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Wearable sensors to help you get just the right amount of light

Published torsdag 20 november 2014 kl 16.04
"We have very little light in the morning, but still we need to wake up at the same time."
(7:03 min)
Doktoranden Pimkamol Maleetipwan-Mattsson och prof. Thorbjörn Laike vid Lunds Universitet. Foto: Mikael Risedal LU
Doctoral student Pimkamol Maleetipwan-Mattsson and Professor Thorbjörn Laike at Lund University research how light can be adjusted to help people's well-being. Photo: Mikael Risedal LU

Scientists at Lund University in Sweden have joined forces with the Lighting Research Center in Troy, New York, to see whether they can keep people from getting sick by surrounding them with just the right amount of light - tailored individually for them. 

Radio Sweden interviews Professor Thorbjörn Laike from Lund University, who works with environmental psychology and explains that the project aims to save energy and make home lighting better. He says that 40 - 60 percent of people living far from the equator feel more tired, less well, and less active, and less social than during the summer.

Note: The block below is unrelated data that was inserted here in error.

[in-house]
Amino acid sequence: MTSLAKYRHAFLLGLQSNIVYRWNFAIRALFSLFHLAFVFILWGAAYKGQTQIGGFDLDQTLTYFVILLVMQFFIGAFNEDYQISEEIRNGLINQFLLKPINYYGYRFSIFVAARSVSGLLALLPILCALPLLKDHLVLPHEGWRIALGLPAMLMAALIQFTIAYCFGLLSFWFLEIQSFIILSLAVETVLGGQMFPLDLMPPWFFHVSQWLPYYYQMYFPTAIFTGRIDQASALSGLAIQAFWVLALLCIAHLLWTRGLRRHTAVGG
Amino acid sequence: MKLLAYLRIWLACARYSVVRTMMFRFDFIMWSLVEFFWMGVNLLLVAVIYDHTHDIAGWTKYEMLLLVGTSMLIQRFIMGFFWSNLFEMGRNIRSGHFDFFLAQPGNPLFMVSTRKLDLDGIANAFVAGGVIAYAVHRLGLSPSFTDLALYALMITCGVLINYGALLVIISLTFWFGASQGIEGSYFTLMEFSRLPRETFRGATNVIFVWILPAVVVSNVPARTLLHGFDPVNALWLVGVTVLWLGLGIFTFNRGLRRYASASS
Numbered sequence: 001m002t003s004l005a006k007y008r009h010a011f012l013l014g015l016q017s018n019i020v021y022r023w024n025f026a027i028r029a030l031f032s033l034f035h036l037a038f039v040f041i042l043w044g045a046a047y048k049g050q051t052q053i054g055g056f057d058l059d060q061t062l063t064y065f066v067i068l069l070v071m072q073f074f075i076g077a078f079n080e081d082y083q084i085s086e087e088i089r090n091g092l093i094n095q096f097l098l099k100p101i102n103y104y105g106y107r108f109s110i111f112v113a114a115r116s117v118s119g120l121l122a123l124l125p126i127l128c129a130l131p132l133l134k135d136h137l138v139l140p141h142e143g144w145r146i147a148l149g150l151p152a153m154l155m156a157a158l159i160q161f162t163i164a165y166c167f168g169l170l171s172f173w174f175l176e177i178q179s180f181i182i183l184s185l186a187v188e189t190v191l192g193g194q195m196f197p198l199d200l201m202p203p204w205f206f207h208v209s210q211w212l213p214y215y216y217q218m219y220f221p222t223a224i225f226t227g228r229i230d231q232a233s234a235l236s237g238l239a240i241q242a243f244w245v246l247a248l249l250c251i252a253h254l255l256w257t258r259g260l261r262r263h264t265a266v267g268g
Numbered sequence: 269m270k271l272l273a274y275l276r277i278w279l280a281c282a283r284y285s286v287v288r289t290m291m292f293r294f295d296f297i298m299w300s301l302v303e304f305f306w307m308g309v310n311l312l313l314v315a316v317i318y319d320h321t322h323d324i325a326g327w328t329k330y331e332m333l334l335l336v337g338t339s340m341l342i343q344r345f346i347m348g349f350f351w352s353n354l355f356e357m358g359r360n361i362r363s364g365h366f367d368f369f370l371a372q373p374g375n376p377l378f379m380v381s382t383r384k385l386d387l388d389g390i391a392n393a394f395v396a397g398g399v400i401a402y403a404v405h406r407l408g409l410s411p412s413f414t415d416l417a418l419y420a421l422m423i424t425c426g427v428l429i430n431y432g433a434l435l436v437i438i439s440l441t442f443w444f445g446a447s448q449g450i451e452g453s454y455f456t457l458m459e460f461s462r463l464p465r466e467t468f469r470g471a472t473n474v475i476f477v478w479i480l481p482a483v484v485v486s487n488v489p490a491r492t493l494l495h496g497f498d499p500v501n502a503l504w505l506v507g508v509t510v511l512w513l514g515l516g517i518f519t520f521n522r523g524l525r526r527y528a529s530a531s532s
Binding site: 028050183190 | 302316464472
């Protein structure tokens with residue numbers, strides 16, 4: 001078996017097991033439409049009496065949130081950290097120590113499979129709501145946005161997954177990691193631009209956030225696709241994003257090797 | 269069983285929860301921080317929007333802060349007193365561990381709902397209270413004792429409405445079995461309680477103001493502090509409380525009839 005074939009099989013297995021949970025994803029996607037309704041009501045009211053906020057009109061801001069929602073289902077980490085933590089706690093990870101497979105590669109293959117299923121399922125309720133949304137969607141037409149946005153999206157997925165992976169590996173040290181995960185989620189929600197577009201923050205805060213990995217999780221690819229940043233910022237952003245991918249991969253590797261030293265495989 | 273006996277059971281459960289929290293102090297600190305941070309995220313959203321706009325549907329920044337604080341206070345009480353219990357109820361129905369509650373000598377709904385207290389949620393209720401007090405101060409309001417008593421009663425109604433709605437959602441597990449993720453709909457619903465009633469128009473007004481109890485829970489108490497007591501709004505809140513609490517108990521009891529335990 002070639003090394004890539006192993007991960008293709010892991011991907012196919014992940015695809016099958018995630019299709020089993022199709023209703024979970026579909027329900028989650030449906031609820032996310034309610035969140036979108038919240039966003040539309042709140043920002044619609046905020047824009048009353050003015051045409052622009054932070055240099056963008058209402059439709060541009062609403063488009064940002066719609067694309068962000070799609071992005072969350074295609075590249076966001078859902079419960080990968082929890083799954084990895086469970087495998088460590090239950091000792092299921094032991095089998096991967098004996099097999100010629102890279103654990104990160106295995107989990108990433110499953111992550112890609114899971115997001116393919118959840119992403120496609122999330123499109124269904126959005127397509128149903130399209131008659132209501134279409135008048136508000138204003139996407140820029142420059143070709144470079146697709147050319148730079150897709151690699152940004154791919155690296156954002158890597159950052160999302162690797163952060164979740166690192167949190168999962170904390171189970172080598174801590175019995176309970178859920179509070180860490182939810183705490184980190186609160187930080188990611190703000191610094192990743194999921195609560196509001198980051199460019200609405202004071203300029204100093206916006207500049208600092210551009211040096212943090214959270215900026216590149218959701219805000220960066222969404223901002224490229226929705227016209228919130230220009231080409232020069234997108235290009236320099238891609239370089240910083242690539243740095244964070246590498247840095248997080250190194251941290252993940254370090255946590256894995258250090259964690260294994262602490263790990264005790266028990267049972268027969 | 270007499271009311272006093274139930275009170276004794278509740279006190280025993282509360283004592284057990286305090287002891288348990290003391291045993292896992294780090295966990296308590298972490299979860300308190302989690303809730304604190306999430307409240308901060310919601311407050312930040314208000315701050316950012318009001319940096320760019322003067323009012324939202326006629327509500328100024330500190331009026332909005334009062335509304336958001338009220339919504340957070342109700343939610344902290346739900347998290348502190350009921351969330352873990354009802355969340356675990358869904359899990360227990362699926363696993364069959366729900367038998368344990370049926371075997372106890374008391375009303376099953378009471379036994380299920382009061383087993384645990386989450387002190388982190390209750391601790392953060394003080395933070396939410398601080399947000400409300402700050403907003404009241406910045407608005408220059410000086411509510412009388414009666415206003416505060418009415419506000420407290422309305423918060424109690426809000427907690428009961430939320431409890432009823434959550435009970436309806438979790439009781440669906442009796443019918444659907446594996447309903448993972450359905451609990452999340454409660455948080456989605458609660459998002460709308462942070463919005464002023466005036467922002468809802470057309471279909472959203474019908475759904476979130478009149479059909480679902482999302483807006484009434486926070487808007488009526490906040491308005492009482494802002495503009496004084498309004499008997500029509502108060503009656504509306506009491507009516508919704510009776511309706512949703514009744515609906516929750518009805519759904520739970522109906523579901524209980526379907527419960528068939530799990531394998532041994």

"By using sensors that you apply quite close to the eye, you could get information about the light exposure during the day, and this information will then be sent to a hub in the home," says Laikie, so that "you could get the right amount of light that is good for you."

He says the system could help people sleep well during the night, and also wake up in the morning to the right amount of light. 

He also calls Sweden a "suitable" place to conduct this kind of research, given how far away it is from the 12-hour days and nights at the equator. 

Laike and his colleagues will be conducting experiments on test subjects for three years now. The Swedish Energy Agency has also pushed SEK 5 million towards the project, because the system would save energy by automatically shutting the light when people leave a room.

Our journalism is based on credibility and impartiality. Swedish Radio is independent and not affiliated to any political, religious, financial, public or private interests.
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